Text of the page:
MLB MOVES TO BAN HOME-PLATE COLLISIONS
Major League Baseball plans to eliminate home-plate collisions, possibly as soon as next season but no later than by 2015.
The Associated Press
LAKE BUENA VISTA, Fla. — Major League Baseball plans to eliminate home-plate collisions, possibly as soon as next season but no later than by 2015.
New York Mets general manager Sandy Alderson, chairman of the rules committee, made the announcement Wednesday at the winter meetings. Player safety and concern over concussions were major factors in the decision.
“Ultimately what we want to do is change the culture of acceptance that these plays are ordinary and routine and an accepted part of the game,” Alderson said. “The costs associated in terms of health and injury just no longer warrant the status quo.”
In a sport long bound by tradition, a ban will be a major step. MLB also is instituting a vast increase in the use of instant replay by umpires next season in an effort to eliminate blown calls.
“What are they going to do next, you can’t break up a double play?” Pete Rose said in a telephone interview with The Associated Press. “You’re not allowed to pitch inside. The hitters wear more armor than the Humvees in Afghanistan. Now you’re not allowed to be safe at home plate? What’s the game coming to? Evidently the guys making all these rules never played the game of baseball.”
Rose, banned for life in 1989 after a gambling investigation, famously bowled over catcher Ray Fosse in the 1970 All-Star Game. Rose insists Fosse was blocking the plate without the ball, which is against the rules.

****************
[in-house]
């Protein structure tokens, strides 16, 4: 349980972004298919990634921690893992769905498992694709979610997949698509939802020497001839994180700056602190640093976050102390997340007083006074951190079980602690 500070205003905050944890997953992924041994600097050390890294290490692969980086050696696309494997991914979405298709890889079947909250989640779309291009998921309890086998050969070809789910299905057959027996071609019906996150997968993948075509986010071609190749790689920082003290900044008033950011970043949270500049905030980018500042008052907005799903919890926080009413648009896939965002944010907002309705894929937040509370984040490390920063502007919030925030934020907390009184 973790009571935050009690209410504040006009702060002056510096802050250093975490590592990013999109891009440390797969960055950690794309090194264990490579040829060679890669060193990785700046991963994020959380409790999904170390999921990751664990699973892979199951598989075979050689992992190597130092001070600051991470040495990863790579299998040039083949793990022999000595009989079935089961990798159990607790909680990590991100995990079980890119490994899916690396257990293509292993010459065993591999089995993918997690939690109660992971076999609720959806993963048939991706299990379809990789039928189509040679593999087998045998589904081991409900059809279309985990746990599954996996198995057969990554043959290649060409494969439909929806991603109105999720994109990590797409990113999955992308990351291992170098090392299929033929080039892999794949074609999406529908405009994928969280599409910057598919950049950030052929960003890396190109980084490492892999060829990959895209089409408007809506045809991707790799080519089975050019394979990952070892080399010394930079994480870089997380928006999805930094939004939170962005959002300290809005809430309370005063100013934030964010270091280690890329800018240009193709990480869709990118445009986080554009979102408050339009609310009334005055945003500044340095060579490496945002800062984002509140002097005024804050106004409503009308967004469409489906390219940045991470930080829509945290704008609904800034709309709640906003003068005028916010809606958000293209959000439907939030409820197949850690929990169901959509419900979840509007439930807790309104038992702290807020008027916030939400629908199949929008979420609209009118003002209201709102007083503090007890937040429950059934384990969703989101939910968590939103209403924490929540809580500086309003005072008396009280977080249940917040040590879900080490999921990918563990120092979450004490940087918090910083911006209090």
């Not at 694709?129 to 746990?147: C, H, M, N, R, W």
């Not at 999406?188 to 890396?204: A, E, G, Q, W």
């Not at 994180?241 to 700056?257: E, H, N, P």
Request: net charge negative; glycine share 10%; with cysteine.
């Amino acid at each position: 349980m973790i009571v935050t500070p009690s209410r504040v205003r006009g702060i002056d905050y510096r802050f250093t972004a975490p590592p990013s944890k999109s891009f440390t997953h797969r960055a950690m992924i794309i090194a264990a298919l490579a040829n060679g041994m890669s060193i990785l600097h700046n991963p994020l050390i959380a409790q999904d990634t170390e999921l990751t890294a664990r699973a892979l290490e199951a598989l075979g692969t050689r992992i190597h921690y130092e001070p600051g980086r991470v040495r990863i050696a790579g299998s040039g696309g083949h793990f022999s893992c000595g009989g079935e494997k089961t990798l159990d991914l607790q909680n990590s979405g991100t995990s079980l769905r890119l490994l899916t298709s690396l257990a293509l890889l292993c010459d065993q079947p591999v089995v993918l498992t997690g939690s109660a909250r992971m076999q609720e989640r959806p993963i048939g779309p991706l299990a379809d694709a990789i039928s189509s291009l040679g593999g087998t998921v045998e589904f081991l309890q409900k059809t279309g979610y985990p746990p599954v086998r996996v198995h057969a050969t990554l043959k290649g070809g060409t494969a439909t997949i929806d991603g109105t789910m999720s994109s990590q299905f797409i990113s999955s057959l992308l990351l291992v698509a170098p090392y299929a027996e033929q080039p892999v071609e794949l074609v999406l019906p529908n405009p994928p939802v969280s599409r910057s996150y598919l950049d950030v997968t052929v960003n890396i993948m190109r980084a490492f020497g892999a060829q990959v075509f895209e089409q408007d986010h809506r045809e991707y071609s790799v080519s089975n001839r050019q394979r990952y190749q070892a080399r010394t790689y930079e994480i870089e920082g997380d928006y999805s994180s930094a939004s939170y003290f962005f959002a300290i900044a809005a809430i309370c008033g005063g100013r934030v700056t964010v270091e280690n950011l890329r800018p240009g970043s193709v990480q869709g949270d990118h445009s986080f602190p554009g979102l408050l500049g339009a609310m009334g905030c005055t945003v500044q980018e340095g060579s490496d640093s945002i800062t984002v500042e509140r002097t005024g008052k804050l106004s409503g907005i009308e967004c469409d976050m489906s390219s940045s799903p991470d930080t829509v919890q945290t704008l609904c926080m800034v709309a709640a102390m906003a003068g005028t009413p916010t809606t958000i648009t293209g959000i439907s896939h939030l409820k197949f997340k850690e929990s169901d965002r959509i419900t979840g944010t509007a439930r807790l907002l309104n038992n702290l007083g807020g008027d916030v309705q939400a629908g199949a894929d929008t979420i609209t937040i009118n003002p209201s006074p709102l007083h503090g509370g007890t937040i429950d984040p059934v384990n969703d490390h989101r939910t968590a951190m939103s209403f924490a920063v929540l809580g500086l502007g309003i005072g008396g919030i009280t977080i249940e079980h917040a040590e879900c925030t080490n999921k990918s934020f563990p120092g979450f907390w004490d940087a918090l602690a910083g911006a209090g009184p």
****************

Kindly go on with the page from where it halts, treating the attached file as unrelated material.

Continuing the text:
Citing player safety, Alderson said wording of the rules change will be presented to owners for approval at their Jan. 16 meeting in Paradise Valley, Ariz.
“The exact language and how exactly the rule will be enforced is subject to final determination,” he said.
Approval of the players union is needed for the rules change to be effective for 2014.
“If the players’ association were to disapprove, then the implementation of the rule would be suspended for one year, but could be implemented unilaterally after that time,” Alderson said.
Discussion to limit or ban collisions has intensified since May 2011, when San Francisco’s Buster Posey was injured by Florida’s Scott Cousins. Posey, an All-Star catcher, suffered a broken bone in his lower left leg and three torn ligaments in his ankle, injuries that ended his season.
• Free-agent right-hander Bartolo Colon and the Mets reached a deal, giving New York the starter it was seeking to replace injured ace Matt Harvey. The two-year, $20 million agreement increased the Mets’ spending on free agents to more than $87 million.
• The agent for Matt Kemp said the Los Angeles Dodgers are not trading the All-Star outfielder. Dave Stewart spoke after meeting with Dodgers general manager Ned Colletti at baseball’s winter meetings.
• The Pittsburgh Pirates reached a deal with right-handed pitcher Edinson Volquez on a one-year contract for $5 million. The Pirates re-signed right-handed pitcher Charlie Morton to a three-year, $21 million contract.
• Outfielder Rajai Davis and the Detroit Tigers agreed to terms on a two-year contract worth $10 million.
• Oakland sent left-hander Jerry Blevins to the Washington Nationals for minor-league outfielder Billy Burns, the Athletics’ fifth trade in 10 days.
• Utilityman Jerry Hairston Jr. is retiring after spending the past two seasons with the Los Angeles Dodgers.